Power of Cacao

I’ve never been a big coffee drinker. Or really even caffeine in general. This past year I started branching out and testing how I feel after different amounts of sleep, various morning routines, and pre-workout energy options. One that I have stuck with is hot chocolate!

 

cacao bean

 

I noticed that Amazing Grass and other “superfood” drinks had cacao options. When I ran out of sample packs of those drinks, I found a container of pure cacao powder in my house. The next morning I tried simply adding a tablespoon of the powder into some hot water, mixing in a little cinnamon and cayenne pepper. I usually start my day with 20-36 oz of water before eating anything. This has been amazing for digestion, energy, and waking up refreshed. Adding cacao to the mix was a serious upgrade! I felt lighter, less hungry, and more awake during my morning conditioning/stretching routine.

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© Rich Crowder

Was this just a placebo? Is there any substantial research on this Amazonian bean? I looked into some articles on cacao, and the benefits are no secret.

 

High Levels of Iron and Manganese

Iron contributes to the process of transporting oxygen from the lungs to cells throughout our bodies. Iron also aids the conversion of blood sugar to energy. Cacao is the highest plant-based source of iron.

Manganese helps assist iron in the oxidation of blood.

One of the Highest Plant Sources of Magnesium

Speeds up the process of turning glucose into energy.

More Antioxidants Than Fruits

Published in the Chemistry Central Journal, raw cacao is a potent source of antioxidants.

Mood Elevator

Significant source of “Bliss Chemicals” – anandamide, dopamine, phenylethylamine, and serotonin. These neurotransmitters make us feel great, for longer, when we consume cacao.

Appetite Suppressor

Contains rare oxidase enzyme inhibitors (MAO) that are most likely responsible for momentarily reduce ones apatite.

 

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Information for Raw Organic Cacao Powder

More cacao properties listed here: http://www.realrawfood.com/cacao-info

 

How much do we need to consume to gain health benefits?

One tablespoon – 12 calories – provides a substantial amount of selenium, copper and magnesium, as well as 5% of our recommended iron intake. One serving does not contain a substantial amount of vitamins. For the full article click here.

Are the antioxidants bioavailable?

Yes, but amounts are still debated

Are there side effects?

  • Addictive
  • Overconsumption may cause toxic build up in liver, agitate kidneys, and stress adrenal glands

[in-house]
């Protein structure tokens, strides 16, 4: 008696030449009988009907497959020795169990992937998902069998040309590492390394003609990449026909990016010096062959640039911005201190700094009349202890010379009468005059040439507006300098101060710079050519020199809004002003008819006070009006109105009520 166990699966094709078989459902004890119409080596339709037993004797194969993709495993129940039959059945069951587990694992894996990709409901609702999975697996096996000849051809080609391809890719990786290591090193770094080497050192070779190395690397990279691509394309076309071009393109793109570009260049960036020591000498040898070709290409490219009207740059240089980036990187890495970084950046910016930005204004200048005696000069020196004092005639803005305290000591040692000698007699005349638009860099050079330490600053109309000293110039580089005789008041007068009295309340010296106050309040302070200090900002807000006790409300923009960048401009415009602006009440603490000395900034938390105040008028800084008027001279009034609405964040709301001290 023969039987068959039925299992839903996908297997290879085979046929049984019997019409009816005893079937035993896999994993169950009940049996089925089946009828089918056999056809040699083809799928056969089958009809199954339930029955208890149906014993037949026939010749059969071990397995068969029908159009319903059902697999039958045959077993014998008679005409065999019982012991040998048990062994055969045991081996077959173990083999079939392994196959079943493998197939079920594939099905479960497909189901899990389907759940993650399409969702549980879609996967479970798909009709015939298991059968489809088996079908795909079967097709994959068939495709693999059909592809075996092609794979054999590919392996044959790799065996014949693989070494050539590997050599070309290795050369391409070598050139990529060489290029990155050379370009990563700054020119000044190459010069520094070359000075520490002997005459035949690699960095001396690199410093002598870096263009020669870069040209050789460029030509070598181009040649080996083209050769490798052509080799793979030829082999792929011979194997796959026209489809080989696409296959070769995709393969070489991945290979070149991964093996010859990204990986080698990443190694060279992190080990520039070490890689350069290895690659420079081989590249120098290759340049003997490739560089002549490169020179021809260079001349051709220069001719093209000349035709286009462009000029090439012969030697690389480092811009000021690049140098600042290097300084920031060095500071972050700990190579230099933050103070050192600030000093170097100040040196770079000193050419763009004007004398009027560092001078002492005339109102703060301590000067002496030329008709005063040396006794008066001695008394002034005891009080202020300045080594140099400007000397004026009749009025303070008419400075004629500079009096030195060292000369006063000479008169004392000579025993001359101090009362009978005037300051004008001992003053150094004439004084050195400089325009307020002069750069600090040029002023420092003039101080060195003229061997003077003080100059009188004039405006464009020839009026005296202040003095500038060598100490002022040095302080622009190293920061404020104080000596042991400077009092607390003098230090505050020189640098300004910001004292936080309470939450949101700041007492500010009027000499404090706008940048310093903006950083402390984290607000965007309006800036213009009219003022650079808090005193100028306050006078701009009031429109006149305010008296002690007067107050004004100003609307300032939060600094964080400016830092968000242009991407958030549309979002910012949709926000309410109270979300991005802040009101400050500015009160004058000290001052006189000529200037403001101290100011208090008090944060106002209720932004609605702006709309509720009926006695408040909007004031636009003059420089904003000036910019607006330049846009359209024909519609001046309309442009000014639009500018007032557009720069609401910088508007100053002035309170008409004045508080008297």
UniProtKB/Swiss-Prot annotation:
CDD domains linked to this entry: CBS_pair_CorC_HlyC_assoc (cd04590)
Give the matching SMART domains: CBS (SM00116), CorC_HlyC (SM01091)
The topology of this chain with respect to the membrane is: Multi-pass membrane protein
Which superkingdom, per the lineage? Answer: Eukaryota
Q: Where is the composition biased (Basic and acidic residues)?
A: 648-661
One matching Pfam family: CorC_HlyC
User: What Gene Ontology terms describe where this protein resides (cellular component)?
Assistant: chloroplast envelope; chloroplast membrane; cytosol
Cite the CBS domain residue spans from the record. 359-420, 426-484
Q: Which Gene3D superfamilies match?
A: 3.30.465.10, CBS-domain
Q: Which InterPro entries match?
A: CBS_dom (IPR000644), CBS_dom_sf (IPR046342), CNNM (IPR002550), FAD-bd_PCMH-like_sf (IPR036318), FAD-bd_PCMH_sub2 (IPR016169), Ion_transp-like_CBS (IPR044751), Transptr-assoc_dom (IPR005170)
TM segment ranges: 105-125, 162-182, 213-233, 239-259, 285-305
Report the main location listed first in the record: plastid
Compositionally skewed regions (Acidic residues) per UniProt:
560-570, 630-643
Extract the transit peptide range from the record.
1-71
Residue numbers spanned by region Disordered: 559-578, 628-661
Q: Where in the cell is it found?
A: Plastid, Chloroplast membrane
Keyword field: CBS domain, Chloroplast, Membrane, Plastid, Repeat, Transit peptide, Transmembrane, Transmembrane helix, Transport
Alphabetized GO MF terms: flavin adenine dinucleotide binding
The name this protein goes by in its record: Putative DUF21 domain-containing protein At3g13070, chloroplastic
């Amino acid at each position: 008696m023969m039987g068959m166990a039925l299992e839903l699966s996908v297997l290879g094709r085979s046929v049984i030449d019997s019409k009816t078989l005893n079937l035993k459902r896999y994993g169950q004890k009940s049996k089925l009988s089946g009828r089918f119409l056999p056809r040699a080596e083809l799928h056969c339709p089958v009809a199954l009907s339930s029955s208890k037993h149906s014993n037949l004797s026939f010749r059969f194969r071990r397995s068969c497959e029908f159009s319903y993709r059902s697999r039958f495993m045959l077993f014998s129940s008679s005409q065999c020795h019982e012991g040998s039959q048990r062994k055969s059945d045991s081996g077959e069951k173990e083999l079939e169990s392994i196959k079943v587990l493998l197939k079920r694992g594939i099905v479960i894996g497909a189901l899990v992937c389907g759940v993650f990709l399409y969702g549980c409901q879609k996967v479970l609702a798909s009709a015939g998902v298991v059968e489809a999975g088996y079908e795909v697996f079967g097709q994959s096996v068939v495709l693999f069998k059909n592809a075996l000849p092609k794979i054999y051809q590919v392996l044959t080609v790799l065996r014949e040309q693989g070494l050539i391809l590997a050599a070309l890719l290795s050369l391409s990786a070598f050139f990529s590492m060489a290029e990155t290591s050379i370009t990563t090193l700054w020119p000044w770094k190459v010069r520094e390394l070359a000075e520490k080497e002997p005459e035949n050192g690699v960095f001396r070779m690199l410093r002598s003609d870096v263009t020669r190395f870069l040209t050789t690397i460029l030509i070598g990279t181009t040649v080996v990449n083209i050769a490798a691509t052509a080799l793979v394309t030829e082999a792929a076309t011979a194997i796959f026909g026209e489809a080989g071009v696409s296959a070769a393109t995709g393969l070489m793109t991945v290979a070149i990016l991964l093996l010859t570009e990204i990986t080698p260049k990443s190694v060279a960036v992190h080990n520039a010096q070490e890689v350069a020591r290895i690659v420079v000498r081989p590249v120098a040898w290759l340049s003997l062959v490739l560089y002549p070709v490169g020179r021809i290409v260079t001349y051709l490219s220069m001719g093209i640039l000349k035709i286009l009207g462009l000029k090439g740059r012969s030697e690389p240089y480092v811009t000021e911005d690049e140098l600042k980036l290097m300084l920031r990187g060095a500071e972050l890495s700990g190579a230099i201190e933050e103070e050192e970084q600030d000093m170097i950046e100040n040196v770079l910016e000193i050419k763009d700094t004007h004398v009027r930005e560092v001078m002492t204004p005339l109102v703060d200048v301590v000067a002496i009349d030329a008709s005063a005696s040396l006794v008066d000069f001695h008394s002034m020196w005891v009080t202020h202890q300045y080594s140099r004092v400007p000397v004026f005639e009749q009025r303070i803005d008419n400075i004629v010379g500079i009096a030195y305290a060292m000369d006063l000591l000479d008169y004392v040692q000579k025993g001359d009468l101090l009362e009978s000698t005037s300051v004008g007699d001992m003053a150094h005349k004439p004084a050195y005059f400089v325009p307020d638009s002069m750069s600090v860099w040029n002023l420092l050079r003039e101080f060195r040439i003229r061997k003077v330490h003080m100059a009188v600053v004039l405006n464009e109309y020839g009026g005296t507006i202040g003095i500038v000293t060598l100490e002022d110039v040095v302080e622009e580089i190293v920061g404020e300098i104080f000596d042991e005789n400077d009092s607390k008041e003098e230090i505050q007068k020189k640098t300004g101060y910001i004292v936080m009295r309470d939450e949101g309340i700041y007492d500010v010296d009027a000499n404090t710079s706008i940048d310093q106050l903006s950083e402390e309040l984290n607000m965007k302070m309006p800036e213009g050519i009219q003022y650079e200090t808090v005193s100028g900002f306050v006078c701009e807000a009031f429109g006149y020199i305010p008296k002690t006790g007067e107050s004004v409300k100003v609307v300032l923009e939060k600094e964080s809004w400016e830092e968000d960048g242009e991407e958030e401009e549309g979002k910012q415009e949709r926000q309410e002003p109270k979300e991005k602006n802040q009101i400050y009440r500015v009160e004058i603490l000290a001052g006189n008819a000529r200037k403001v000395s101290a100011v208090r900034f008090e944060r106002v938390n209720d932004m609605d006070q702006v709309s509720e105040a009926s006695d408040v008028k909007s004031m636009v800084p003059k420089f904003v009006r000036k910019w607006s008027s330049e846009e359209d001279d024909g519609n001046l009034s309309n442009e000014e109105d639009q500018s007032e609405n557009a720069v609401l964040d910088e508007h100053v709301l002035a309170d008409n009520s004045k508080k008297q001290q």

• Theobromine – related to caffiene, more mild. Excess consumption can cause irritability, insomnia, addiction. Overstimulation can lead to dependence.
  • Oxalic acid – interferes with calcium absorption
  • Toxins during processing – mold contamination in low quality, non organic brands

 

Recommendations

  • limit to ~ 1 tablespoon a day
  • As with many vitamins and herbs, don’t take every day, cycle on and off
  • Pay for quality with %100 certified organic powder

I now find myself looking forward to waking up to a steaming cup of cacao a few days a week. Even enough so to get out of bed before sunrise. Personally, I love it, and hot chocolate in the morning has become a pure joy and jumpstart to the day : )

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Below are links to articles with more in-depth info on cacao powder:

Cacao vs Cocoa

Athletic Performance

Nutritional Facts

Cocoa Polyphenols and Their Potential Benefits for Human Health

Cocoa Extract Fully Examined

 

 

 

3 Responses to “Power of Cacao”

  1. birney April 23, 2016 at 10:50 am #

    Great idea.

    birney

  2. Pete May 15, 2017 at 6:40 pm #

    Thanks for the idea of the raw cacao drink – had a pack in the back of my cupboard too! Occasionally gets added to smoothies but much nicer in a hot drink.
    Tried it with milk, cinnamon and ginger which was delicious though will definitely try your recipe with water, cayenne pepper and cumin another day. Did you really use a tablespoon of cacao powder though, II only used a teaspoon in my milky version? 🙂
    Found you through a link to Body Work Part 1which has finally made my mind up to put some deadlifts into my climbing training – annotated pictures for I’s, Y’s & T’s really helped too.
    Thanks for the ideas and inspiration.
    Pete

    • Lisa Chulich May 15, 2017 at 6:47 pm #

      Thanks for the feedback!

      I usually only use a teaspoon at a time, but make multiple cups some days, ending up at about 32oz of water per tablespoon

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